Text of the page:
Friday, 26 August 2011

Harvest Time

Whoever said the countryside was quiet?  Since adopting a country life I've come to realise that this is very seldom the case, there are the sounds of birds and bees, the sheep bleating in the fields either side of us, horses and riders down the lanes, hedging tools, lawnmowers, the occasional shotgun in the distance and of course, farm machinery.  And at this time of the year that machinery and its accompanying symphony are all around us as the farmers make the most of the dry weather to bring in their crops.

shropshire oak in a field of golden grain
A couple of days ago the Handyman and I decided to take a walk along one of our local footpaths; it was a glorious evening so we donned our good sturdy walking boots and set off.  As we left the lane and started out along the side of a field of (what we thought was) golden barley, we were met by the sight of an enormous combine harvester finishing the gathering of the grain.

can you spot the farmer and the Handyman chatting?
The machine was a sight to behold as was the rush of golden grain raining down into the trailer.  The Handyman took the opportunity to have a chat with the combine driver and it turned out that the grain was not barley, but rather a barley-wheat cross which is grown as animal feed.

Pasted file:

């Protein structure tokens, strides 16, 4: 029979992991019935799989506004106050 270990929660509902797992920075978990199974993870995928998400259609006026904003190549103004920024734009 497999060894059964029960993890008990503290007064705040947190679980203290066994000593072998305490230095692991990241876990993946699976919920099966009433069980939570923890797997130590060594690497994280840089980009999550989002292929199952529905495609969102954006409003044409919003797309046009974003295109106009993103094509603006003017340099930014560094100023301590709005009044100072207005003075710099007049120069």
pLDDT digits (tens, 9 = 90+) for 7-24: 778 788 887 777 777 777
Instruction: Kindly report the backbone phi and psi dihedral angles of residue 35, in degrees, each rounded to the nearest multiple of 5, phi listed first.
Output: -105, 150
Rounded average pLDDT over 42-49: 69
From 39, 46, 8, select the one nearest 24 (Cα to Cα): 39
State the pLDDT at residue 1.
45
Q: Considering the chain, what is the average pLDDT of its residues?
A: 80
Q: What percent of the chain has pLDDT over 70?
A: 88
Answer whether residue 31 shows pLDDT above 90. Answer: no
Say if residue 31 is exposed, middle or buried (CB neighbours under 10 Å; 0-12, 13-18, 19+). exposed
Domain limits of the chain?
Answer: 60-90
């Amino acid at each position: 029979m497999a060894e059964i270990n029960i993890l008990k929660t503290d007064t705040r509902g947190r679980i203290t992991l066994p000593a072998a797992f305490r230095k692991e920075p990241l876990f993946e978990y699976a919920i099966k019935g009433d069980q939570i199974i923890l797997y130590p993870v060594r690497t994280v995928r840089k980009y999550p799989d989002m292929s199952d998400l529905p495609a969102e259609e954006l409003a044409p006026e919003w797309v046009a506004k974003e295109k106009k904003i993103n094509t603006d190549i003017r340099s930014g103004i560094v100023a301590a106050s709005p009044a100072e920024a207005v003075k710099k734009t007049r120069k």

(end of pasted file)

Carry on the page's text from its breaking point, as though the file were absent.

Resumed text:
more work to do

a rush of golden grain
As we continued our walk the baling machine started work gathering the straw left by the combine and creating the bales.

ready for baling

A few fields further on we were able to watch the next stage of the process as tractors pulling what looked like ploughshares and discs ran over the ground breaking up the surface with the plough and then chopping the clods with the discs.

two tractors are better than one
All of this is endlessly fascinating to someone like me brought up in the heart of the city and second nature to someone like the Handyman born and bred in the countryside.  I wonder what the next crop in these fields will be?

So we continued our evening walk through the Shropshire fields ending up with a well deserved brew at our local pub and then a meander home down the lane musing on how fortunate we are to be surrounded by such production and beauty!

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